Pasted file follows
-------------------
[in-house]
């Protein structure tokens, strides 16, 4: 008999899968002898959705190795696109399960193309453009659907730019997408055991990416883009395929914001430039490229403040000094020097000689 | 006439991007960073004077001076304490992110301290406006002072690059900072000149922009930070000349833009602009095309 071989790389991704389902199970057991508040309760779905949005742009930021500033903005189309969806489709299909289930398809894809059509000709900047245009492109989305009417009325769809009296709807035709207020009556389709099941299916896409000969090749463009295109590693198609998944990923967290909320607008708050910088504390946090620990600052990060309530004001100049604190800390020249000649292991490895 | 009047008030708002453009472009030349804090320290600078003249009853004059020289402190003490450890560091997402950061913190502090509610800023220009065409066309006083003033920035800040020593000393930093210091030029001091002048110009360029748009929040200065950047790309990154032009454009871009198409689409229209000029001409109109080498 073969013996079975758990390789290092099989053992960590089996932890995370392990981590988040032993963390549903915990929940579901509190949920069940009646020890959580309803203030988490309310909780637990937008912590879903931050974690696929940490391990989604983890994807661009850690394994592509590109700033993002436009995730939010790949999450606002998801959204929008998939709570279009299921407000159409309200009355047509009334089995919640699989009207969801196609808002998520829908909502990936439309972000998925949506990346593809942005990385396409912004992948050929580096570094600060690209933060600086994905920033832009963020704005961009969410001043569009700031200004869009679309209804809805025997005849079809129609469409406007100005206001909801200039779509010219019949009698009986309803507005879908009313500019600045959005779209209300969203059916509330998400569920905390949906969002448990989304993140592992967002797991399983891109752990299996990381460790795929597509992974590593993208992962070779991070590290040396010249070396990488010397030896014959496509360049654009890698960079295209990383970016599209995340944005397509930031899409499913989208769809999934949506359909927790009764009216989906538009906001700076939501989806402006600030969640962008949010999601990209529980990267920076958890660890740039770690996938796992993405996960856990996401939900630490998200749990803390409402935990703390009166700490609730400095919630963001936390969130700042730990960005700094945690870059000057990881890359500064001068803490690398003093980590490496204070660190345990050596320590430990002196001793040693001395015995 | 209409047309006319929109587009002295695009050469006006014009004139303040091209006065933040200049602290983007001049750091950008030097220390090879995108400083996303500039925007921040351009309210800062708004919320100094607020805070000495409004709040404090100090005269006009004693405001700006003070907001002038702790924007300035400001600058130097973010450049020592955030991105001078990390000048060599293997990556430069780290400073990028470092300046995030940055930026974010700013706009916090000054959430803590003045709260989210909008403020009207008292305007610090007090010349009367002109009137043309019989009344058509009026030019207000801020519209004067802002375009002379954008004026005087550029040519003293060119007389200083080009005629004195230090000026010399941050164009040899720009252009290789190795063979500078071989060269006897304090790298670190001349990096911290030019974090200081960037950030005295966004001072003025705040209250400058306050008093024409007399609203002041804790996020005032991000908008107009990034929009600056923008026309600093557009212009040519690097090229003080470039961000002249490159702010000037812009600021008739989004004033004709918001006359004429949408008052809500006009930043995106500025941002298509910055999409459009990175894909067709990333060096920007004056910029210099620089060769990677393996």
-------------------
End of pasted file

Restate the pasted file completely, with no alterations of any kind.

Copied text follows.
[in-house]
């Protein structure tokens, strides 16, 4: 008999899968002898959705190795696109399960193309453009659907730019997408055991990416883009395929914001430039490229403040000094020097000689 | 006439991007960073004077001076304490992110301290406006002072690059900072000149922009930070000349833009602009095309 071989790389991704389902199970057991508040309760779905949005742009930021500033903005189309969806489709299909289930398809894809059509000709900047245009492109989305009417009325769809009296709807035709207020009556389709099941299916896409000969090749463009295109590693198609998944990923967290909320607008708050910088504390946090620990600052990060309530004001100049604190800390020249000649292991490895 | 009047008030708002453009472009030349804090320290600078003249009853004059020289402190003490450890560091997402950061913190502090509610800023220009065409066309006083003033920035800040020593000393930093210091030029001091002048110009360029748009929040200065950047790309990154032009454009871009198409689409229209000029001409109109080498 073969013996079975758990390789290092099989053992960590089996932890995370392990981590988040032993963390549903915990929940579901509190949920069940009646020890959580309803203030988490309310909780637990937008912590879903931050974690696929940490391990989604983890994807661009850690394994592509590109700033993002436009995730939010790949999450606002998801959204929008998939709570279009299921407000159409309200009355047509009334089995919640699989009207969801196609808002998520829908909502990936439309972000998925949506990346593809942005990385396409912004992948050929580096570094600060690209933060600086994905920033832009963020704005961009969410001043569009700031200004869009679309209804809805025997005849079809129609469409406007100005206001909801200039779509010219019949009698009986309803507005879908009313500019600045959005779209209300969203059916509330998400569920905390949906969002448990989304993140592992967002797991399983891109752990299996990381460790795929597509992974590593993208992962070779991070590290040396010249070396990488010397030896014959496509360049654009890698960079295209990383970016599209995340944005397509930031899409499913989208769809999934949506359909927790009764009216989906538009906001700076939501989806402006600030969640962008949010999601990209529980990267920076958890660890740039770690996938796992993405996960856990996401939900630490998200749990803390409402935990703390009166700490609730400095919630963001936390969130700042730990960005700094945690870059000057990881890359500064001068803490690398003093980590490496204070660190345990050596320590430990002196001793040693001395015995 | 209409047309006319929109587009002295695009050469006006014009004139303040091209006065933040200049602290983007001049750091950008030097220390090879995108400083996303500039925007921040351009309210800062708004919320100094607020805070000495409004709040404090100090005269006009004693405001700006003070907001002038702790924007300035400001600058130097973010450049020592955030991105001078990390000048060599293997990556430069780290400073990028470092300046995030940055930026974010700013706009916090000054959430803590003045709260989210909008403020009207008292305007610090007090010349009367002109009137043309019989009344058509009026030019207000801020519209004067802002375009002379954008004026005087550029040519003293060119007389200083080009005629004195230090000026010399941050164009040899720009252009290789190795063979500078071989060269006897304090790298670190001349990096911290030019974090200081960037950030005295966004001072003025705040209250400058306050008093024409007399609203002041804790996020005032991000908008107009990034929009600056923008026309600093557009212009040519690097090229003080470039961000002249490159702010000037812009600021008739989004004033004709918001006359004429949408008052809500006009930043995106500025941002298509910055999409459009990175894909067709990333060096920007004056910029210099620089060769990677393996």